This amount is broken down into $300,000 for the cost of aircraft, $63,000 for any overtime costs and $37,000 for equipment and supplies. A breakdown of dollars specific to Ashtabula County was not available.

The federal government spends anywhere from $14 million to $18 million annually across the nation on such operations and it provides dollars to nearly 130 state and local agencies under the DEA cannabis eradication program, according to the Washington Post. 

In 2018 more than 22,000 plants, or 440 pounds, were seized from more than 570 outdoor grow sites in Ohio resulting in 93 arrests, according to DEA statistics. Nationwide in 2018 there were more than 2.2 million plants uprooted from nearly 3,850 grow sites.

Yet the statistics and spending don't always yield results. In 2015 the state of Utah received $73,000 for such operations and not a single plant was found, a Washington Post article states.

Leonhard acknowledged that there will come a day that law enforcement no longer conducts such operations because times have changed and more and more places have legalized marijuana. However, he said he respectfully disagrees with those in favor of marijuana legalization or those who think taxpayer dollars shouldn't be spent on the eradication program in places where it remains illegal.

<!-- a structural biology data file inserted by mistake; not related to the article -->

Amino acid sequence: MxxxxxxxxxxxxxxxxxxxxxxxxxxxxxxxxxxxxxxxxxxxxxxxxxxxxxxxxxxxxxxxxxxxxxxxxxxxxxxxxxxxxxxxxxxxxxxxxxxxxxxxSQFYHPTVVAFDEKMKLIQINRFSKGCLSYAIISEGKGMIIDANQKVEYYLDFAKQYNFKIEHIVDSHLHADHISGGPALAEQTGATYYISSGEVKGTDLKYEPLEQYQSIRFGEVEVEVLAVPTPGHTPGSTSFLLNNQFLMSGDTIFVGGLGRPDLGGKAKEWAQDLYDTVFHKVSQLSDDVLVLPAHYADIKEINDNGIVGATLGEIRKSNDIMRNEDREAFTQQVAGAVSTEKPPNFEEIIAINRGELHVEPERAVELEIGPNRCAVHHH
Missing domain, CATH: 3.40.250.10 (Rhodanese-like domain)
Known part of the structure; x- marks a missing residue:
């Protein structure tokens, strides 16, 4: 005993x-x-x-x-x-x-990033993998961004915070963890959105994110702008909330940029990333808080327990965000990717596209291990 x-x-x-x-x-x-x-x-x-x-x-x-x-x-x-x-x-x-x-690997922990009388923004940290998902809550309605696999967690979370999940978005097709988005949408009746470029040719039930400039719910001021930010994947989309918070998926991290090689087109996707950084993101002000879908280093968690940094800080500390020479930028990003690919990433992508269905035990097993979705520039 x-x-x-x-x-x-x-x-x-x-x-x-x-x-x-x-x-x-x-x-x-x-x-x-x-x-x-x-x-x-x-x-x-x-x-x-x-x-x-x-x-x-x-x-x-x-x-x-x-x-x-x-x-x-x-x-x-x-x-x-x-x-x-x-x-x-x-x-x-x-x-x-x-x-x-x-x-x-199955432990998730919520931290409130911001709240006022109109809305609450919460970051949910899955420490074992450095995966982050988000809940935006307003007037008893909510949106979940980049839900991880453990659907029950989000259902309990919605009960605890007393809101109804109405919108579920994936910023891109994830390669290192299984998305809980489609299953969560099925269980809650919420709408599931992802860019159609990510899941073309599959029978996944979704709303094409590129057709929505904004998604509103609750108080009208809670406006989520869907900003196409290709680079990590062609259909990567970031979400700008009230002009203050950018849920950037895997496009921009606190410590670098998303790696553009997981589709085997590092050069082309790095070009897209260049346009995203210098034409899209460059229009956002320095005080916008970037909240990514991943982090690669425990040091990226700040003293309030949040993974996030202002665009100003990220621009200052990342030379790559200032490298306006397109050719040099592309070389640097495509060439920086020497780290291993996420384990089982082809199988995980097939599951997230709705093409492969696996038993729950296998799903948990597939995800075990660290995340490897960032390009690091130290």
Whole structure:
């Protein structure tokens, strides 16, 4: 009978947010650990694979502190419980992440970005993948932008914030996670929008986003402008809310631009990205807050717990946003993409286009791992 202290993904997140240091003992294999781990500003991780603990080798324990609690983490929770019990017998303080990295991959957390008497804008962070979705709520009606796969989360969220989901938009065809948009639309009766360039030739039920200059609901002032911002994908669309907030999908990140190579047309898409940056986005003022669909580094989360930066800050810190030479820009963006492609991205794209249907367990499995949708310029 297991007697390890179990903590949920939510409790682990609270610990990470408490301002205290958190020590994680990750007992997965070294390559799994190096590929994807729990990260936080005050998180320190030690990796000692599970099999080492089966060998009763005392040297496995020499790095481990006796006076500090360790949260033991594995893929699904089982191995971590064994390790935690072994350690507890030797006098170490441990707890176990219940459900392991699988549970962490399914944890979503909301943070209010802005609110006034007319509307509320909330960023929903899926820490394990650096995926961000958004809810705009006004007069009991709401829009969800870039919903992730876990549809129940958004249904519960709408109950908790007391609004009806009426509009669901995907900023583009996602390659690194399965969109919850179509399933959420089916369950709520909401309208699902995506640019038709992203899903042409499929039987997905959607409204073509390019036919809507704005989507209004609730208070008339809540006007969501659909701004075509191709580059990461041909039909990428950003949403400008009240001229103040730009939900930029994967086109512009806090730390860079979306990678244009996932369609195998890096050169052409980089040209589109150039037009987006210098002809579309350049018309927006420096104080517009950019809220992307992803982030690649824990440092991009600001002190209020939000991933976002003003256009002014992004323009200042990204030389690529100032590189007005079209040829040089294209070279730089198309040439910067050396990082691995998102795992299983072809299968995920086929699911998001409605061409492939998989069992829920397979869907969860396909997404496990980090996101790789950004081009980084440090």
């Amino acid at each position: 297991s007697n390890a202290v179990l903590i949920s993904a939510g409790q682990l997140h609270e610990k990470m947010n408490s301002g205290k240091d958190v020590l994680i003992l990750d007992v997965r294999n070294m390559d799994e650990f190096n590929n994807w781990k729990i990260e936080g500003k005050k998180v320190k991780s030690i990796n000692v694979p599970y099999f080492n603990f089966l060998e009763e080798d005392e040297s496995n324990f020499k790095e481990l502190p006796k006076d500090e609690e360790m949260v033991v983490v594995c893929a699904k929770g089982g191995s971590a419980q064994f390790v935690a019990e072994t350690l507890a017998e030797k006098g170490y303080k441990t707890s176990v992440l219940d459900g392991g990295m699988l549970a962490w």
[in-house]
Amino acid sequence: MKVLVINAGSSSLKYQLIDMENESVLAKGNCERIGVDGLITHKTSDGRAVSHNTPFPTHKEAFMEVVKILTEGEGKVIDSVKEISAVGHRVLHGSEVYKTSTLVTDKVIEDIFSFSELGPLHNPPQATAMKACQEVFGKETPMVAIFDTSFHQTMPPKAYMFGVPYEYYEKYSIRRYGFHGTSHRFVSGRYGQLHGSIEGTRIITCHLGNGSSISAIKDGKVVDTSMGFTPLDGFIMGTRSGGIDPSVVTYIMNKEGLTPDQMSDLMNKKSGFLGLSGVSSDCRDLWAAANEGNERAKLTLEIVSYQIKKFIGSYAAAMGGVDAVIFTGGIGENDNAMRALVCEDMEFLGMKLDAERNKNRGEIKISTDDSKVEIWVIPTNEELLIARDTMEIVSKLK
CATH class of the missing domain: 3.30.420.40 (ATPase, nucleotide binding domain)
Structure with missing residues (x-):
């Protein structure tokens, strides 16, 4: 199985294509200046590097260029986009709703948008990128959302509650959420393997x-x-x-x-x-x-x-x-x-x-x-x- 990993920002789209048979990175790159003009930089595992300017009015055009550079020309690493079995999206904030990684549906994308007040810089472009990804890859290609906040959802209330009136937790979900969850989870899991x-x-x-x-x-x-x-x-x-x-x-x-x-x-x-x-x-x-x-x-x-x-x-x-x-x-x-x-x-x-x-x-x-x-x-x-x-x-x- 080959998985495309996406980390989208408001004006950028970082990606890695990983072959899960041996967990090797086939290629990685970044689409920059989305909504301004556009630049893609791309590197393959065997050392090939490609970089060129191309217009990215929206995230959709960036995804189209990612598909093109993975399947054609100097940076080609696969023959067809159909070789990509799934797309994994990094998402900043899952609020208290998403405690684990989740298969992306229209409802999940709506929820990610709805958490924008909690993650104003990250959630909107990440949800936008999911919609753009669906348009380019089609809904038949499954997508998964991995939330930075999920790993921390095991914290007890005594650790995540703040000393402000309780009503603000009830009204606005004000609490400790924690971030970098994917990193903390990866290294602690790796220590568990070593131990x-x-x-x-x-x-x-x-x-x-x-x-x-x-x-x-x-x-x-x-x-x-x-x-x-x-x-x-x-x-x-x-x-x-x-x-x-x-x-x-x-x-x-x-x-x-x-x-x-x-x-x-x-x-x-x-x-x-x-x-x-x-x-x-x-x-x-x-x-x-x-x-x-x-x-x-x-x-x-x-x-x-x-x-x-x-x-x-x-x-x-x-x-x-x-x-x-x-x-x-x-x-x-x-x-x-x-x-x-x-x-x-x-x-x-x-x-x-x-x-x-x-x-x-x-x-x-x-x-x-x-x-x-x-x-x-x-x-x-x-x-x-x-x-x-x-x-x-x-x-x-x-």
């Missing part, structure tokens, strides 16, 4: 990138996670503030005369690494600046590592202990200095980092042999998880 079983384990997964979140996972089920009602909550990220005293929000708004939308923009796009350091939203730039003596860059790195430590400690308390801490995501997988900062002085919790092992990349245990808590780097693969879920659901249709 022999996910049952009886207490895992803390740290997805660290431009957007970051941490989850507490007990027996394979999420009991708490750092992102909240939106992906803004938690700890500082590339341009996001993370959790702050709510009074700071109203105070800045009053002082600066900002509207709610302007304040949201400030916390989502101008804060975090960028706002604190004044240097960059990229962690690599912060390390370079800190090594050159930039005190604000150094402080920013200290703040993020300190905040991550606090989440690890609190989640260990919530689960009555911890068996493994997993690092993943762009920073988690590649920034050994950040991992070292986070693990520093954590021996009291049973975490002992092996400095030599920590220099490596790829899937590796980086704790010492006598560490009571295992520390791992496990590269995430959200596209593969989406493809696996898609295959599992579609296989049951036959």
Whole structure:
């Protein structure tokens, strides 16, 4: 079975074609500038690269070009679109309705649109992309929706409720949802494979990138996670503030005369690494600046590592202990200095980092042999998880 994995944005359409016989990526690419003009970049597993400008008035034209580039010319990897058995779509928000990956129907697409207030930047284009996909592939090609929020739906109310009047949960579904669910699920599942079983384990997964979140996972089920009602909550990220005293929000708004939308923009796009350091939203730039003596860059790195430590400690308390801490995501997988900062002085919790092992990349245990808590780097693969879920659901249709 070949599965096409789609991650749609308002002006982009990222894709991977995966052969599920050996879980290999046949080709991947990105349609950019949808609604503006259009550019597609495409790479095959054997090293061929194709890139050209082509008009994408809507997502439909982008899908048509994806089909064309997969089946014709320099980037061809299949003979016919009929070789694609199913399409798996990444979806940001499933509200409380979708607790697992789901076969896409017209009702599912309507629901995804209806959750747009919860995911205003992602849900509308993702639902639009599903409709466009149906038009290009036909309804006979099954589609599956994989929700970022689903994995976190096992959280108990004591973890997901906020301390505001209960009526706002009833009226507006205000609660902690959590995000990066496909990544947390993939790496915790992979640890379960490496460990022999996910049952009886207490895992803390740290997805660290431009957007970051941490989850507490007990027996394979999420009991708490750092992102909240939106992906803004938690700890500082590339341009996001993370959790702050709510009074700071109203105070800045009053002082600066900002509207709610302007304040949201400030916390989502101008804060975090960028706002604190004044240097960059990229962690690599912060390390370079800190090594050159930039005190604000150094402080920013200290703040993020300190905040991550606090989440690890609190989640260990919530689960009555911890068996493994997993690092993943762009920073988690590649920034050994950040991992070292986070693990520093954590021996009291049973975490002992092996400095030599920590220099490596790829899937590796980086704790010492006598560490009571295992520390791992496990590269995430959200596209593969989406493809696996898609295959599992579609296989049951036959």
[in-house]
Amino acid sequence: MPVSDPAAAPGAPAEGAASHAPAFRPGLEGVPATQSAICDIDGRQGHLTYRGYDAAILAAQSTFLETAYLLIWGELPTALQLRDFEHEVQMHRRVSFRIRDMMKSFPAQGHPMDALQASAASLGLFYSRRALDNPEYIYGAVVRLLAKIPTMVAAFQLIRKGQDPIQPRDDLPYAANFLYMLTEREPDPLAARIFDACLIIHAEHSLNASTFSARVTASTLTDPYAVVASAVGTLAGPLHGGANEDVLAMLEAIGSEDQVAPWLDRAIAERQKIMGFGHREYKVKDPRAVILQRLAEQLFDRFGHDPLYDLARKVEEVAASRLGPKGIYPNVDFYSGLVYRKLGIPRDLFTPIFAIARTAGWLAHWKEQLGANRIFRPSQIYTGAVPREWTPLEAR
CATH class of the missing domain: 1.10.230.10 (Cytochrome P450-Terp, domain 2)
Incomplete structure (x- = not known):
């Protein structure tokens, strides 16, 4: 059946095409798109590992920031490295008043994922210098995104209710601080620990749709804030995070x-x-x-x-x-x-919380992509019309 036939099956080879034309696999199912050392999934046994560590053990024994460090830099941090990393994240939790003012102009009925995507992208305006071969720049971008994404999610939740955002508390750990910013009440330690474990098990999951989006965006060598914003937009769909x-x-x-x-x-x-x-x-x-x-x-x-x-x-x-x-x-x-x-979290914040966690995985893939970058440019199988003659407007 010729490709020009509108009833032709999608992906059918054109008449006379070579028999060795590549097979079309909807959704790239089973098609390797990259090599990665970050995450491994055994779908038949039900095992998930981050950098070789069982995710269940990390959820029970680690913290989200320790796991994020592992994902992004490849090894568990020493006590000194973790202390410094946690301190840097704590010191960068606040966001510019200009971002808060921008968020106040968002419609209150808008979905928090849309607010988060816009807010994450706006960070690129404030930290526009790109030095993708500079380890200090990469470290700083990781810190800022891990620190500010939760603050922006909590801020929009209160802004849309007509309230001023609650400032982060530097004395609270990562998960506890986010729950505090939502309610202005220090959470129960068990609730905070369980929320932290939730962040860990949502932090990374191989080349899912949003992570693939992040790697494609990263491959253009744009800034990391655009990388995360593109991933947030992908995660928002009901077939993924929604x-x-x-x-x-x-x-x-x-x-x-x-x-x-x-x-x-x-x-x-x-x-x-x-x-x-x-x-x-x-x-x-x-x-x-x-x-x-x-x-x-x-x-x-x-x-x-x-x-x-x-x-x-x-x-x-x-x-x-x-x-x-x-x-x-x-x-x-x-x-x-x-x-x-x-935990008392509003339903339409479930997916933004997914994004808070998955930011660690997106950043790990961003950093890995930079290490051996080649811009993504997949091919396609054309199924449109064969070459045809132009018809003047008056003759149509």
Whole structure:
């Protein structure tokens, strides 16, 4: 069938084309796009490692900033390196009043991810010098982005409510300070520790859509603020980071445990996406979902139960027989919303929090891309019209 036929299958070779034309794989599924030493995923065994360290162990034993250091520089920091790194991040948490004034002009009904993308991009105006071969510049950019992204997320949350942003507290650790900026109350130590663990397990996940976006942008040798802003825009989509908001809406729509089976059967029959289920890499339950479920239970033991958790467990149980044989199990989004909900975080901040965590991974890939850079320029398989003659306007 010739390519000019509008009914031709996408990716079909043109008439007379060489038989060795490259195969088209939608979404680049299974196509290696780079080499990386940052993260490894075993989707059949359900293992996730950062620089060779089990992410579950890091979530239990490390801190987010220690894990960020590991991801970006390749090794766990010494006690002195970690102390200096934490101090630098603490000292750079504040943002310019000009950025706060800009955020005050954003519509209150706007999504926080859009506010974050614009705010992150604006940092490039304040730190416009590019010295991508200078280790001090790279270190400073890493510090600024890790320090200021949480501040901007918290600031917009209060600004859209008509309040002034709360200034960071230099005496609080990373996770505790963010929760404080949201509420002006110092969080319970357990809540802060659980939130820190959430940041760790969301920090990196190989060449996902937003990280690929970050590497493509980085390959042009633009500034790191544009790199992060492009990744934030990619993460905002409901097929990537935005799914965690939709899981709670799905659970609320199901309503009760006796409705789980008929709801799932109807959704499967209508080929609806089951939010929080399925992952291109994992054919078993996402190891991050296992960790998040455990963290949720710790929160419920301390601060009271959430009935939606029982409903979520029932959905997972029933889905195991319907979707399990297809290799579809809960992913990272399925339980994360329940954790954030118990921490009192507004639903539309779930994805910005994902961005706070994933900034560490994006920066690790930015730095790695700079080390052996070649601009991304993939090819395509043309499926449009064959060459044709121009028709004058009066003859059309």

While Leonhard said he thinks there may be a benefit to medical marijuana legalization, he said society in 10 to 15 years after an all out legalization would regret such a decision.

"More people will be killed on the highways and more people will suffer from addictions and need treatment," Leonhard said. "It's going to cost us more in other areas than we're ever going to bring in."

The legalization of hemp was poorly thought out with no regard to the implication on prosecution of marijuana cases, Leonhard said.

Leonhard said there will be no charges brought against anyone in relation to the plants found Tuesday. This is something he said is related to not only the issue with the hemp law, but also to a general trend in law enforcement across the state of not placing as much emphasis on pursuing criminal charges in marijuana cases.

"There were multiple opportunities where we could have charged somebody," Leonhard said. "The hemp ruling plays a role on that, but there were some people who were borderline felony three weight that we're not going to charge. If we had felony one or two weight we probably would have referred it to the prosecutor." 

The county uses fuel to ignite the plants in piles outdoors and burns everything that was seized in undisclosed locations.

Both Leonhard and Iarocci said county law enforcement does not devote a substantial amount of time to marijuana-related investigations, choosing to instead focus on investigations into drugs such as meth, heroin and cocaine.

This story was updated to include comment from Ohio BCI on funds issued through DEA grants in 2019.

Recommended for you